MIsty Richardson, Babineaux, Susan
In the U.S. today, people spend close to 90% of their time indoors. National Healthy Homes Month (NHHM), created by HUD’s Office of Lead Hazard Control and Healthy Homes (OLHCHH), is an outreach campaign designed to help people connect the dots between their health and their home. This year’s overarching theme "Heathy Housing for All", recognizes that a healthy home is important to homeowners, renters, older persons, children, and others regardless of race, income, education, or social status. National Healthy Homes Month focuses on the importance of home assessments, and the impact awareness can have on your health; and to empower people to make change in order to create the healthiest home possible for themselves and their family.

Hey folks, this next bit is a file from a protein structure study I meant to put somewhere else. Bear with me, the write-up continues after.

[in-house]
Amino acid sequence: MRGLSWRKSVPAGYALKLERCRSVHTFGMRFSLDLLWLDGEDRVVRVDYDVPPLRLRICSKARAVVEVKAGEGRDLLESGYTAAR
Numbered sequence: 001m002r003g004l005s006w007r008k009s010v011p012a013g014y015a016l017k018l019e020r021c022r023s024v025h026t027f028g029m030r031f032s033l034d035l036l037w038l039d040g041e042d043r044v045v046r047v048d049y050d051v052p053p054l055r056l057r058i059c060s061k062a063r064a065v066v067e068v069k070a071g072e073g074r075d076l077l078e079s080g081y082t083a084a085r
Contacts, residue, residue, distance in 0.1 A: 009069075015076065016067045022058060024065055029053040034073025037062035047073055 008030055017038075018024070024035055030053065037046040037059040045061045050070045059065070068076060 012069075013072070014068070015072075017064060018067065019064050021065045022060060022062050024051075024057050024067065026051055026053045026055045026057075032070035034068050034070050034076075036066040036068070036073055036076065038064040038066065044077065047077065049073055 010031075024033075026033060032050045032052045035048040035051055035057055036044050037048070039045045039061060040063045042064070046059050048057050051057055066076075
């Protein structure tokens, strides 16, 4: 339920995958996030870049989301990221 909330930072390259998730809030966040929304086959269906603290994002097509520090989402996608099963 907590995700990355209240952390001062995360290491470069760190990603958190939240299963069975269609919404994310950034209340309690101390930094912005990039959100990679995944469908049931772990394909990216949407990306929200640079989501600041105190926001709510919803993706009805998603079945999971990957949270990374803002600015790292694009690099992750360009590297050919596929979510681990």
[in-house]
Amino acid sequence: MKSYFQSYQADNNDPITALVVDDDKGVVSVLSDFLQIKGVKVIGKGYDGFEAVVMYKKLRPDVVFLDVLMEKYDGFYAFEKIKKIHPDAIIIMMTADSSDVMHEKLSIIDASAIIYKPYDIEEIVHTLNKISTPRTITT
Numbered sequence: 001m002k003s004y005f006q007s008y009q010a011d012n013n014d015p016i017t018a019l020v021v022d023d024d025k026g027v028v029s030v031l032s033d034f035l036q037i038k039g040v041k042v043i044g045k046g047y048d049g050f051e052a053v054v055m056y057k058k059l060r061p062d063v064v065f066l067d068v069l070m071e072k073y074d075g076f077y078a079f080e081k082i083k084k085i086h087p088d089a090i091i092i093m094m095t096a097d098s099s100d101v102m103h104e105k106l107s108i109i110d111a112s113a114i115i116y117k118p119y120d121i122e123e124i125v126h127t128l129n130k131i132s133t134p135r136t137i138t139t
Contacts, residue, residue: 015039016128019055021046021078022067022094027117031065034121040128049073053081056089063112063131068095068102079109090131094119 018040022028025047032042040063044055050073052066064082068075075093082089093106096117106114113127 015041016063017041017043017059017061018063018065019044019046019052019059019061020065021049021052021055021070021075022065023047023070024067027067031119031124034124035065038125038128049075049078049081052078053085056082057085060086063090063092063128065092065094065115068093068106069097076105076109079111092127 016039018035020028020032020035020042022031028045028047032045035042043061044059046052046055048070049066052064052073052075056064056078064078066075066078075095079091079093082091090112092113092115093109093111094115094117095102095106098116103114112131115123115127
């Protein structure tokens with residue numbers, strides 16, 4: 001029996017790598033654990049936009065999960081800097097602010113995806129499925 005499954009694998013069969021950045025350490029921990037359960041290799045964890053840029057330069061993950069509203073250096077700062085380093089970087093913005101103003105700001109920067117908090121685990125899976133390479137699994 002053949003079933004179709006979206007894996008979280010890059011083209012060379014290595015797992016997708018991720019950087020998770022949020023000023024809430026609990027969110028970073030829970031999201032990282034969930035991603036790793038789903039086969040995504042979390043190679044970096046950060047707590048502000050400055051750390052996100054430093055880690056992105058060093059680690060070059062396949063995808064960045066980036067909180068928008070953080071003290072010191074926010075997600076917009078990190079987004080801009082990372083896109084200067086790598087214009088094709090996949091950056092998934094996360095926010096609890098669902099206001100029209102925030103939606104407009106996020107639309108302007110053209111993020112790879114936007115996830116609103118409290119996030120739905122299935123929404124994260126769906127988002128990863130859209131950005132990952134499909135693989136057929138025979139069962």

Currently, millions of U.S. homes have moderate to severe physical housing problems, including dilapidated structure; roofing problems; heating, plumbing, and electrical deficiencies; water leaks and intrusion; pests; damaged paint; and high radon gas levels. These conditions are associated with a wide range of health issues, including unintentional injuries, respiratory illnesses like asthma and radon-induced lung cancer, and lead poisoning. The health and economic burdens from preventable hazards associated within home are considerable, and cost billions of dollars.
National Healthy Homes Month (NHHM) was established to focus national attention on ways to keep people of all ages safe and healthy in their home. It is aimed at boosting awareness and understanding of what federal and local resources are available. The events planned throughout the month will serve as a public communications campaign to promote awareness and advocacy, encourage local events, and provide resources and support to drive families to take action.
The OLHCHH developed a 2020 National Healthy Homes Month Digital Resource Toolkit, which contains many online, digital resources and materials, to assist with building awareness and implementation at the local level. Download the toolkit from the National Healthy Homes Month 2020 website.
The LSU AgCenter and the LSU College of Agriculture